Analysis and distributional patterns of the invasive flora in a protected mountain area - a case study of Medvednica Nature Park (Croatia)

Nina Vuković, Anita Bernardić, Toni Nikolić, Vladimir Hršak, Miško Plazibat, Sven D. Jelaska


In this paper we have analysed invasive flora of Medvednica Nature Park, Croatia with respect to their origins, life forms, systematic positions, types of seed dispersal, Ellenberg indicator values and spatial distributions using MTB 1/64 grid units for analyses. A total of 27 invasive plant species, belonging to 14 families, were recorded with Asteraceae being the most frequently occurring family. Therophytes were the most common life form, as is generally true of Croatian invasive plants; however, hemicryptophytes and geophytes were more frequent in Medvednica. Here, invasive plants originated mainly from both Americas with slightly lower portion in comparison to all Croatian invasive plants, while contrary was the case when comparing those originated from Asia. The most widespread species was Erigeron annuus (L.) Pers., and the species with the lowest occurrence were Chamomilla suaveolens (Pursh.) Rydb and Datura innoxia Mill. A multiple regression model explains 44% of the spatial variability in the invasive plants data per MTB 1/64 unit, using the number of all recorded plant species, the average elevation and the lengths of paths and roads as estimators. The latter two variables also had the most influence on the ordination axes in analyses of the spatial distribution of seed dispersal types present in each MTB 1/64 unit. Anemochory was the most frequent type of seed dispersal.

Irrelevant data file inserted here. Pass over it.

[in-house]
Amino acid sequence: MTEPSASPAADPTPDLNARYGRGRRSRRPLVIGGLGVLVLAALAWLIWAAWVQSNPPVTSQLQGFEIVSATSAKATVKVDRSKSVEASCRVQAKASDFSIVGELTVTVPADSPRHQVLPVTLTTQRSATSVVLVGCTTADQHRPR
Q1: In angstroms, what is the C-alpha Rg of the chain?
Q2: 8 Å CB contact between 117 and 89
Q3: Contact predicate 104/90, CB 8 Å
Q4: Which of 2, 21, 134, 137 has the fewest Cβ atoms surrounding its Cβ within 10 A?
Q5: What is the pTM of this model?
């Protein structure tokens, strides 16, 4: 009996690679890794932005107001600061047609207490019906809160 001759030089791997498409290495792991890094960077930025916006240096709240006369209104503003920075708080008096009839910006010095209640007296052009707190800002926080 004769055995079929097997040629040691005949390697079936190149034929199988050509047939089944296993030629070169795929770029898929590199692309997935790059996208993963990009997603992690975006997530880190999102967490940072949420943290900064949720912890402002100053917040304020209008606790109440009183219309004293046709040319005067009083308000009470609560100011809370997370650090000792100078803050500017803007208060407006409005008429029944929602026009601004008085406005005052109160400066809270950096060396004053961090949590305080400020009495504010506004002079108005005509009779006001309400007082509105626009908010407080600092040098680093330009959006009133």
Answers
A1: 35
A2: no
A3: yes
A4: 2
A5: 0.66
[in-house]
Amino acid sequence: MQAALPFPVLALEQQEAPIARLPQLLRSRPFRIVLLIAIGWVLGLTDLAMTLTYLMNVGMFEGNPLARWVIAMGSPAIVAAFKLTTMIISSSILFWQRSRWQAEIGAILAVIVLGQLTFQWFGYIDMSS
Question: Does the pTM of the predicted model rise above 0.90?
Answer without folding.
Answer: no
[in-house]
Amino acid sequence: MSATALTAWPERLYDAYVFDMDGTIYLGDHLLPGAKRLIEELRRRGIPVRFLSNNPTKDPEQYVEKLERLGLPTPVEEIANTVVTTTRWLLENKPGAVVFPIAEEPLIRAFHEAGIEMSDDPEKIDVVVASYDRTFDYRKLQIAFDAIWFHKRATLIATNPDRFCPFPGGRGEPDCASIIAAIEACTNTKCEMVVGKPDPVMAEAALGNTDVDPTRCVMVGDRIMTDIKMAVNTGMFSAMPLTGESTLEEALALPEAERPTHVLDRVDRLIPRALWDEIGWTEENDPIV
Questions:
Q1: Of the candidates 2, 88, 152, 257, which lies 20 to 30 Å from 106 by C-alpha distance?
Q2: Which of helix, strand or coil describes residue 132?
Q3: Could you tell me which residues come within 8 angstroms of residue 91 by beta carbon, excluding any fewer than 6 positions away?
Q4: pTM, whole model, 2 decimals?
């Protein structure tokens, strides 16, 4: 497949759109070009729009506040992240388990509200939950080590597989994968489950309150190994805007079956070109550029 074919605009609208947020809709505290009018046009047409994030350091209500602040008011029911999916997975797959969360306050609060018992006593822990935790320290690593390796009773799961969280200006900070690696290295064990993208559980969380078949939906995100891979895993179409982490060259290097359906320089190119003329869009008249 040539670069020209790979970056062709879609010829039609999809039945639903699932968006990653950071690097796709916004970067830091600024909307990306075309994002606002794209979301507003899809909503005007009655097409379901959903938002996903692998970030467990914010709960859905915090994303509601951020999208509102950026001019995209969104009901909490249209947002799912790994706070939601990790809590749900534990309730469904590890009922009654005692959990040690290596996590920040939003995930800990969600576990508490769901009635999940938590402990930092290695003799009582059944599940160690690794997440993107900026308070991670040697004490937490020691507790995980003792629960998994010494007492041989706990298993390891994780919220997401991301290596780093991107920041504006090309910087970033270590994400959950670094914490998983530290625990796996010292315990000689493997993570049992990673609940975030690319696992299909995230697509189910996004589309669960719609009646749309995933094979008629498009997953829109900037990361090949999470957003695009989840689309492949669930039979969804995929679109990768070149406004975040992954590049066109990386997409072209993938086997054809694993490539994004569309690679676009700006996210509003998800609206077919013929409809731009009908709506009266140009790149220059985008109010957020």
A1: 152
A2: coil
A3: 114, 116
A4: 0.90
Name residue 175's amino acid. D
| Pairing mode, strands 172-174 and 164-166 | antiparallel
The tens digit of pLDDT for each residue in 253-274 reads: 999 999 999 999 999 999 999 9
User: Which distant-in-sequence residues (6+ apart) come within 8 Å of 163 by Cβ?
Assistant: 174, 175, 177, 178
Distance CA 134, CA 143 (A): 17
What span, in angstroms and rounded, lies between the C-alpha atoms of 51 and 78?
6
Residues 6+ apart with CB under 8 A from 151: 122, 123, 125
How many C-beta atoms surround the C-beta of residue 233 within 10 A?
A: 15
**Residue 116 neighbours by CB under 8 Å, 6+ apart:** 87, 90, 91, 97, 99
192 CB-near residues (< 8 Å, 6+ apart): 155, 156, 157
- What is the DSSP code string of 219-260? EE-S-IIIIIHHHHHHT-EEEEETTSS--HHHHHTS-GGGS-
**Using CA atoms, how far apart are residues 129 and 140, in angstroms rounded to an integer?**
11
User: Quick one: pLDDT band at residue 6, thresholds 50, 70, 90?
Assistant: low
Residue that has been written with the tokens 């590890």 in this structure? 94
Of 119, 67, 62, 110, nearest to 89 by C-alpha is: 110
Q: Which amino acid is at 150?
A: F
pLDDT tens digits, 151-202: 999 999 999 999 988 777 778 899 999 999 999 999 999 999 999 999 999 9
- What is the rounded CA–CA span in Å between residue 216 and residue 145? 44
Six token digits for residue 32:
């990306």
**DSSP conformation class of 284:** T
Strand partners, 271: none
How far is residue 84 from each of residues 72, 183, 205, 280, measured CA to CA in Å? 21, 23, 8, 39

invasive alien plants; MTB grid; dispersal strategy; habitats; RDA; regression

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